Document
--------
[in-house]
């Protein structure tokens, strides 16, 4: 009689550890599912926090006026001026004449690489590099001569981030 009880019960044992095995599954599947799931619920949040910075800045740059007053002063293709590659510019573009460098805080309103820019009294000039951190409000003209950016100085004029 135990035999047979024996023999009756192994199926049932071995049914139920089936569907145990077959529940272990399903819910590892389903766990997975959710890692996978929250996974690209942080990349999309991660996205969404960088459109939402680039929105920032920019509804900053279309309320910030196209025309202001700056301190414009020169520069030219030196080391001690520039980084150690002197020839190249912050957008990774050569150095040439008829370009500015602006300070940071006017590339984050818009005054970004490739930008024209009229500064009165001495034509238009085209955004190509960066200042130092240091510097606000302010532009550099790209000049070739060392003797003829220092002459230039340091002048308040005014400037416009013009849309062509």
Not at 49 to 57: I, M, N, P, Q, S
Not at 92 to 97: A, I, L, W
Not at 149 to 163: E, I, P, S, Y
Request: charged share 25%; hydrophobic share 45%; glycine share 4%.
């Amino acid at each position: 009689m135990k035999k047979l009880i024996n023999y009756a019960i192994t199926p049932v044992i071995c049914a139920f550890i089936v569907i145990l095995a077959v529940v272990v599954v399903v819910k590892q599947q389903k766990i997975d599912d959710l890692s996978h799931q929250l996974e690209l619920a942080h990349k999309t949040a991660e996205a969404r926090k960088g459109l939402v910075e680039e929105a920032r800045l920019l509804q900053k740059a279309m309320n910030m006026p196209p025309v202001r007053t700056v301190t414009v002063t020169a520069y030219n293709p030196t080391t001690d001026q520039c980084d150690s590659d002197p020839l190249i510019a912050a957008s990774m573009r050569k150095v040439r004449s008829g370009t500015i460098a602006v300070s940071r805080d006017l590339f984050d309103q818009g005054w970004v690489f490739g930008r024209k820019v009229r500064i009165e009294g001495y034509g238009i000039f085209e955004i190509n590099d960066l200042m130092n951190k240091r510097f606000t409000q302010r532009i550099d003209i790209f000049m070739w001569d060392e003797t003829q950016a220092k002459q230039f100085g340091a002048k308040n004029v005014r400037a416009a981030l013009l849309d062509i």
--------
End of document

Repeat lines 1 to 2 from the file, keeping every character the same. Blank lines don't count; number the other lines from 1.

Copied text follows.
[in-house]
């Protein structure tokens, strides 16, 4: 009689550890599912926090006026001026004449690489590099001569981030 009880019960044992095995599954599947799931619920949040910075800045740059007053002063293709590659510019573009460098805080309103820019009294000039951190409000003209950016100085004029 135990035999047979024996023999009756192994199926049932071995049914139920089936569907145990077959529940272990399903819910590892389903766990997975959710890692996978929250996974690209942080990349999309991660996205969404960088459109939402680039929105920032920019509804900053279309309320910030196209025309202001700056301190414009020169520069030219030196080391001690520039980084150690002197020839190249912050957008990774050569150095040439008829370009500015602006300070940071006017590339984050818009005054970004490739930008024209009229500064009165001495034509238009085209955004190509960066200042130092240091510097606000302010532009550099790209000049070739060392003797003829220092002459230039340091002048308040005014400037416009013009849309062509």